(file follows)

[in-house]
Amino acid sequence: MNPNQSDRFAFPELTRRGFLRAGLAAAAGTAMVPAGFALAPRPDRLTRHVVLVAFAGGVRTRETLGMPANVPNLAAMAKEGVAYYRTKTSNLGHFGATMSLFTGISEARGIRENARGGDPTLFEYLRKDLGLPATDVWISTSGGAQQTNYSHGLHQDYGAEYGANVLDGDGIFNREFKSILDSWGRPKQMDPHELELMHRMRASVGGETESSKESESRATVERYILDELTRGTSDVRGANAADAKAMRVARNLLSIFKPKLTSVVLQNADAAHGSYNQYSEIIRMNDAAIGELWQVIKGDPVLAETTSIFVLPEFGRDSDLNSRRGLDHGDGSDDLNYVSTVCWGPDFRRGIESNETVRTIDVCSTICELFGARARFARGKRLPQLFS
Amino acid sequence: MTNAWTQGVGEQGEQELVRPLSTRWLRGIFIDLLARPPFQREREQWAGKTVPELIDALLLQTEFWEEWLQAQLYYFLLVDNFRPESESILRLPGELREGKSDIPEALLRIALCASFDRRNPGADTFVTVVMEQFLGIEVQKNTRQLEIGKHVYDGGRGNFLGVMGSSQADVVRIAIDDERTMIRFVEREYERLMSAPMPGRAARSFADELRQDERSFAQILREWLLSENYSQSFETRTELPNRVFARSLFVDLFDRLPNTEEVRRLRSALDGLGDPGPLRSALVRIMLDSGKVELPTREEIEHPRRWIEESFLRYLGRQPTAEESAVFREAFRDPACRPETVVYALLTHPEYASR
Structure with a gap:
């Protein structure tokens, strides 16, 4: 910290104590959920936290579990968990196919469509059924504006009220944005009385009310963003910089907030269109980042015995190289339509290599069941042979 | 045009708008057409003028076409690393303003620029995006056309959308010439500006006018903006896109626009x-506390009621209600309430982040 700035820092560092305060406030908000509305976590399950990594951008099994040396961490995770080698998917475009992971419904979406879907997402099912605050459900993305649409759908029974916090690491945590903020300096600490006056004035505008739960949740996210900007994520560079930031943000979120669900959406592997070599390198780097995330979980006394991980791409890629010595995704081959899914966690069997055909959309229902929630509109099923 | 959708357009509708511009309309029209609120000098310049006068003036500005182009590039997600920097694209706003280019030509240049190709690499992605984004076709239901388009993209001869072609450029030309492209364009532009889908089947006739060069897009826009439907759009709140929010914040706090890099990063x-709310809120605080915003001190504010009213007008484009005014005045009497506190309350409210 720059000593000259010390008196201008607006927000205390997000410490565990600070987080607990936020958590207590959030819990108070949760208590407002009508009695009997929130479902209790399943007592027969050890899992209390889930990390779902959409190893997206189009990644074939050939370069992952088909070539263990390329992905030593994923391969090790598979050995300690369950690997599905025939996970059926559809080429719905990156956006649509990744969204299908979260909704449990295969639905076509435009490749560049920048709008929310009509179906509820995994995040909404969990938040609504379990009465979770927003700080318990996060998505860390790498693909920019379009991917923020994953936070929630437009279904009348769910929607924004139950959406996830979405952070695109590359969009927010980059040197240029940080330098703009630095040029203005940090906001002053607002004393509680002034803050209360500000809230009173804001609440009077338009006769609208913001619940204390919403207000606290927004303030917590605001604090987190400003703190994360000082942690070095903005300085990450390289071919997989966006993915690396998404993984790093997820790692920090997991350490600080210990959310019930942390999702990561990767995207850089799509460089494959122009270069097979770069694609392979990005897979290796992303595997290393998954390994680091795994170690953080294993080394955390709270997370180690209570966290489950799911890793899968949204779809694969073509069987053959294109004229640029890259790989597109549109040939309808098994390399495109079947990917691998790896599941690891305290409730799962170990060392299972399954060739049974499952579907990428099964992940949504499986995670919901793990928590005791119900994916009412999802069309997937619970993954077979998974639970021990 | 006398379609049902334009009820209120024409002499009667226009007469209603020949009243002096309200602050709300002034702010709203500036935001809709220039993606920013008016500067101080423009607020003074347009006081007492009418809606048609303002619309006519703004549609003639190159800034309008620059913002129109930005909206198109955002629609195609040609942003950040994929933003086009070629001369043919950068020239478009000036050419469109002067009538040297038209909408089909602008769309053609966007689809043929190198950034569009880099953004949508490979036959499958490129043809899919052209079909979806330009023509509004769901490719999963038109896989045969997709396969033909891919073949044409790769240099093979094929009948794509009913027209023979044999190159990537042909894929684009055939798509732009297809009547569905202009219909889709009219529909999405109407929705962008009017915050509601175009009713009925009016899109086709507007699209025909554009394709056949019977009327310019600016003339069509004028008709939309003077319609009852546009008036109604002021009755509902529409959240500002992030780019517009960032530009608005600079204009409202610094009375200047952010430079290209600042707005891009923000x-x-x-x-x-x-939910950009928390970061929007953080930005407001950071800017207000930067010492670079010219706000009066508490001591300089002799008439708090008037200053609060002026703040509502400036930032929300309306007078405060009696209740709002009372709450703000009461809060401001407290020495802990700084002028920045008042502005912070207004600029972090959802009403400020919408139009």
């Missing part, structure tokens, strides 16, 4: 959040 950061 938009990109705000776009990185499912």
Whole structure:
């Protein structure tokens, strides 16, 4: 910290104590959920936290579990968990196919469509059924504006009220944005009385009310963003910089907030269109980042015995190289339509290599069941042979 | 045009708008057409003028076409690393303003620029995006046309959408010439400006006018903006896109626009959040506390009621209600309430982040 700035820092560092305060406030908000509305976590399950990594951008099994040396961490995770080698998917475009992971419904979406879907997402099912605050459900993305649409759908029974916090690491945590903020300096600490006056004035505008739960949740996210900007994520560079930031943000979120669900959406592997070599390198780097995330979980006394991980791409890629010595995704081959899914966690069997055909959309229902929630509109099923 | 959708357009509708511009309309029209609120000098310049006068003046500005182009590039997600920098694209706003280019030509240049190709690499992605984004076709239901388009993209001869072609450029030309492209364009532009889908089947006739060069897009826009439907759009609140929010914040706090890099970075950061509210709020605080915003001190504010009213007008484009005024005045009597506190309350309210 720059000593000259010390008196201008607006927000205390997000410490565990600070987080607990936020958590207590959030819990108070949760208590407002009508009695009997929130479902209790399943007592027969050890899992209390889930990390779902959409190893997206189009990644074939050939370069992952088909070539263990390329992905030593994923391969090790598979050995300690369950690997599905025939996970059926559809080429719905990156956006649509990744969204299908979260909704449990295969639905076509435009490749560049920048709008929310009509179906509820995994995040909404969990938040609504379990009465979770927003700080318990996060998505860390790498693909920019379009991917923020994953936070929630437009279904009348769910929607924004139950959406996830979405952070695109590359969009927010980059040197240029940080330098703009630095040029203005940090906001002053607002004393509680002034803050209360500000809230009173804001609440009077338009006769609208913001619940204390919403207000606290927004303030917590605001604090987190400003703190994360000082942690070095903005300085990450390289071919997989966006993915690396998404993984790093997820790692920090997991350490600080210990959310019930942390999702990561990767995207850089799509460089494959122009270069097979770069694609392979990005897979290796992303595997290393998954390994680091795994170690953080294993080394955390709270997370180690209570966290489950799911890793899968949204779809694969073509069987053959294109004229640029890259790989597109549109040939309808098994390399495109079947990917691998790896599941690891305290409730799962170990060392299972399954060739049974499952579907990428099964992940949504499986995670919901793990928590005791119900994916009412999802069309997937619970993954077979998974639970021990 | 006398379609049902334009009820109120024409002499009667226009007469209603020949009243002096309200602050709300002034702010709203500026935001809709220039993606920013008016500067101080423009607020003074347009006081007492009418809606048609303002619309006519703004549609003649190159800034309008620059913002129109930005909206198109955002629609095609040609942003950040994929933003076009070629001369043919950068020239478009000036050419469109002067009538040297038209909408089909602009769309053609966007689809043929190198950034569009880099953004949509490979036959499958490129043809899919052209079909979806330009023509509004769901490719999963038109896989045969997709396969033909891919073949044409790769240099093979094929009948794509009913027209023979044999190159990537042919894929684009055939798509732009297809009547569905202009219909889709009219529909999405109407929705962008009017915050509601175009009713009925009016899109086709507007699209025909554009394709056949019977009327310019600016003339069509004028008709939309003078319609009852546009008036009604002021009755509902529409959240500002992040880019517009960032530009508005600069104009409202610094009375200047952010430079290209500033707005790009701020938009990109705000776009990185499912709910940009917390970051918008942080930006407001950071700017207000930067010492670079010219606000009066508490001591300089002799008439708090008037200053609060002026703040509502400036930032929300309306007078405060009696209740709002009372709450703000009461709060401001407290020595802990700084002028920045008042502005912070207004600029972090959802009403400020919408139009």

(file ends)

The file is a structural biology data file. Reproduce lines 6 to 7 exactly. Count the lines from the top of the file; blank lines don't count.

């Missing part, structure tokens, strides 16, 4: 959040 950061 938009990109705000776009990185499912």
Whole structure: